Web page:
Thursday, October 27, 2016

Heat From State Environmental Police Over Failing & Overburdened Wastewater Treatment System Serving 59-Unit Mobile Home Park Compels Landlord/Park Operator To Serve Eviction Notices To Entire Community; Neighboring Parks Refuse To Accept Older Trailers, Leaving Many Lot-Leasing Homeowners Holding The Bag

In Shawnee, Oklahoma, Red Dirt Report reports:
  • Residents of Rolling Acres Mobile Home Park were outraged [] when they received a 60-day eviction notice. They are considering a lawsuit after Shawnee attorney Kent Massey invited them to discuss their legal options [].

    In March, Red Dirt Report found that the mobile home park’s lagoon [ie. wastewater treatment system] was overburdened with too many residents on the system. It was leaking less than a mile from the North Canadian River.

    The Oklahoma Department of Environmental Quality (DEQ) had received complaints and served the owner, Stephen H. Sanders with a consent order requiring the lagoon system be fixed in order to continue operations of the park. The order provided a scheduled list of improvements and fined Sanders $6,000. If he did not comply, he could be charged up to $60,000.

    Fifty-nine homes are hooked into a lagoon system which currently should only accommodate approximately 15 mobile homes.
    There have [] been recent homeowners allowed to move onto the property. Whitney Kucera and her partner, Robert Vanzant said they were not told about the lagoon problem when they moved there in June. “We paid $20,000 to buy it and fix it up, cash,” said Vanzant.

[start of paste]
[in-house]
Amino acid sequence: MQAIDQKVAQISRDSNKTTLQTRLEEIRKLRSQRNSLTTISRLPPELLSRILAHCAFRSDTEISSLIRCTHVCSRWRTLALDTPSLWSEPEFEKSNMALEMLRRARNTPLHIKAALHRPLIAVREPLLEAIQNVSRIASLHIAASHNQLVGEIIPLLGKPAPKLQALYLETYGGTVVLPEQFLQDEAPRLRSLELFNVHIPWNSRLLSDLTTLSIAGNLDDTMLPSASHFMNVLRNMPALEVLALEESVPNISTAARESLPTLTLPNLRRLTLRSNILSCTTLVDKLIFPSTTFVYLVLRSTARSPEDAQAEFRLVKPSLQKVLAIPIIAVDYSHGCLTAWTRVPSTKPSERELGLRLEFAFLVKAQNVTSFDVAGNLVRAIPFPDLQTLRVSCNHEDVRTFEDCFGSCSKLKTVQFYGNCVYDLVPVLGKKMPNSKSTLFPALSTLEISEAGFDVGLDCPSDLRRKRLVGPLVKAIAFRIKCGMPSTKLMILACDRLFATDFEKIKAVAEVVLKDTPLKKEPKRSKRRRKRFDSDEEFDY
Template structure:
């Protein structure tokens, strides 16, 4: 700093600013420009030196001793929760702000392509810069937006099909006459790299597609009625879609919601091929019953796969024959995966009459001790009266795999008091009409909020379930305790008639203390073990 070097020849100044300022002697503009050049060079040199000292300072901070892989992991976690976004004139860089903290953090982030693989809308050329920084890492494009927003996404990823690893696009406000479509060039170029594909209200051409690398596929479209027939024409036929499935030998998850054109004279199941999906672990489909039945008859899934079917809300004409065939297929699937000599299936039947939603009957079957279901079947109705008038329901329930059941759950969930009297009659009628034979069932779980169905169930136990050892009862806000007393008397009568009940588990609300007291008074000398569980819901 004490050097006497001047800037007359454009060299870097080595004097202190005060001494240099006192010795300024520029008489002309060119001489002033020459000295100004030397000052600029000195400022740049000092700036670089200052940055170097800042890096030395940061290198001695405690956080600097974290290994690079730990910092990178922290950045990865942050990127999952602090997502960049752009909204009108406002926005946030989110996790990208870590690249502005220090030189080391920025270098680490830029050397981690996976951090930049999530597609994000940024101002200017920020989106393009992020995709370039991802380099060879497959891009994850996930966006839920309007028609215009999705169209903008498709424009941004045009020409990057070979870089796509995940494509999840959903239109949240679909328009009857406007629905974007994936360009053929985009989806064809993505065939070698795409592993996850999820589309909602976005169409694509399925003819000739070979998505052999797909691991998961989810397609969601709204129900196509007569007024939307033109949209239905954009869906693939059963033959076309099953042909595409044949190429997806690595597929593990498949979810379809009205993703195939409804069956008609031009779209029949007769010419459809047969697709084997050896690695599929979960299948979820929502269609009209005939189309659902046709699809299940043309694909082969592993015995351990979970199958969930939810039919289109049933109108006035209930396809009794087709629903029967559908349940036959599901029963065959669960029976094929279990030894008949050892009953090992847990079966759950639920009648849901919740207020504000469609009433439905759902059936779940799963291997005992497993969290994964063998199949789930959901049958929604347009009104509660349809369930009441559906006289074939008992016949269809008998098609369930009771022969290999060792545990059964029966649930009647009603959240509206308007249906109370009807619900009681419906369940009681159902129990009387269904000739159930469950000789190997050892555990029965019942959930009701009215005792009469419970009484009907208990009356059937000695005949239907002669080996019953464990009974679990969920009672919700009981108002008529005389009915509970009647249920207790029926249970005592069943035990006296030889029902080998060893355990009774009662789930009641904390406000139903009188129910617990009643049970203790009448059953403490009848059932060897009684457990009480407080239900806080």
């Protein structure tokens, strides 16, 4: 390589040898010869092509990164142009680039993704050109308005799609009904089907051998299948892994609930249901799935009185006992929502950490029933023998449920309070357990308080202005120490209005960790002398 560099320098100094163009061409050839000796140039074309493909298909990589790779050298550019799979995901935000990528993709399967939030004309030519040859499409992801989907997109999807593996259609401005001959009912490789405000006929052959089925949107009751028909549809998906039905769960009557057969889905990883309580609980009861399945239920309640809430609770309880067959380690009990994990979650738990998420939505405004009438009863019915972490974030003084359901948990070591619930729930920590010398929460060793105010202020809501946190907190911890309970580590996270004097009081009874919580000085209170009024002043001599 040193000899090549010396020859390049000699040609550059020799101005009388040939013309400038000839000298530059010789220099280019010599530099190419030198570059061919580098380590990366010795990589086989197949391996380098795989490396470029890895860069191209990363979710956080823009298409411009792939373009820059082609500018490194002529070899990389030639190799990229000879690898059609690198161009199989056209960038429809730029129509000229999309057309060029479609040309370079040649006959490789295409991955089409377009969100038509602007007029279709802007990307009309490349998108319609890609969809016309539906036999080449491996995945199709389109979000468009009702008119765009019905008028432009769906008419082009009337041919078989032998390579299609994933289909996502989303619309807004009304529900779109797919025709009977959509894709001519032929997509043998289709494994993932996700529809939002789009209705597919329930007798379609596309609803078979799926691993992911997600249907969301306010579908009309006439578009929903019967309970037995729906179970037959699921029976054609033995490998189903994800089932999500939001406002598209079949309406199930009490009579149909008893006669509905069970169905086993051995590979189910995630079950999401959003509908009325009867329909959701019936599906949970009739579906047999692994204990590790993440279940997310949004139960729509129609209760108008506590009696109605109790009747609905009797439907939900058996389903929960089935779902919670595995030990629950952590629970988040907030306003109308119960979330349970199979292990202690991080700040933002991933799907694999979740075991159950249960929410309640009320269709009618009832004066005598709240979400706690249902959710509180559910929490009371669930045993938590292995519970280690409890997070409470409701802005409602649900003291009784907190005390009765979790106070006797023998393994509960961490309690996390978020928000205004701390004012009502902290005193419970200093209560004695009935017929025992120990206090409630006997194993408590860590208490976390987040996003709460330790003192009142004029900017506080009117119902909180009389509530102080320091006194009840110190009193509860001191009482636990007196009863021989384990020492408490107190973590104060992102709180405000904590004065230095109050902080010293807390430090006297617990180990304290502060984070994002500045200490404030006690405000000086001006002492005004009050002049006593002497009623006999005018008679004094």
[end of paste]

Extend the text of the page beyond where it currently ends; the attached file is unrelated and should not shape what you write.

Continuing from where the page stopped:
“We had a settlement from a DUI accident,” said Kucero who used the cash to pay for the residence. “Now we don’t have anything. And I’m trying to get my kids back from DHS. How am I going to do that without a house?”

    “We don’t have anything left,” said Vanzant.

    Residents said conditions have deteriorated over the years, including the water quality.

    “When you take a shower, it burns your eyes,” said Courtney Armstrong. “And the water smells like sewage.”

    Sherita Chaffin has MS, a heart condition, and COPD. “The water is so nasty. I got a bacterial infection and had to go to the ER. They told me, ‘Stay away from that well water,’” Chaffin said.

    Many facing ‘no place to go’

    Most residents agree to a rent-to-own purchase of the trailer and therefore are responsible for all repairs. Many don’t stay long enough to pay for the home, so the trailers go largely unrepaired and in worse condition for the next rent-to-own buyer.

    With the hope of home ownership, residents often decide to pay it off and then fix it up. Others purchased their homes from Sanders outright or moved trailers onto the property they purchased. Now, it doesn’t seem to matter.

    “Where am I going to go,” asked Chaffin. “I get $700 a month. Even if my trailer can be moved, I don’t have the money.”

    After checking with other mobile home parks, it seems trailers older than 10 years are not allowed to be moved onto other communities. Fewer land developers and individual land sellers are willing to sell to mobile homeowners and there are city ordinances that don’t allow mobile homes inside city limits.
    The eviction at Rolling Acres comes at a bad time, as disheartened residents don’t know how they’re going to get through the holidays. They don’t know how they will have enough money to find another place to live and celebrate Thanksgiving and Christmas.

    “He [Sanders] ought to be the one to come out here and tell these kids they won’t get any Christmas,” said Sherita Chaffin. “Those poor little kids.”

    Owner selling park

    Sanders said [] Rolling Acres mobile home park is for sale, but according to the DEQ consent order it appears that selling the property would not make the problem go away. It reads: “No change in the ownership or corporate status of Respondents will affect Respondent’s responsibilities under this order.”

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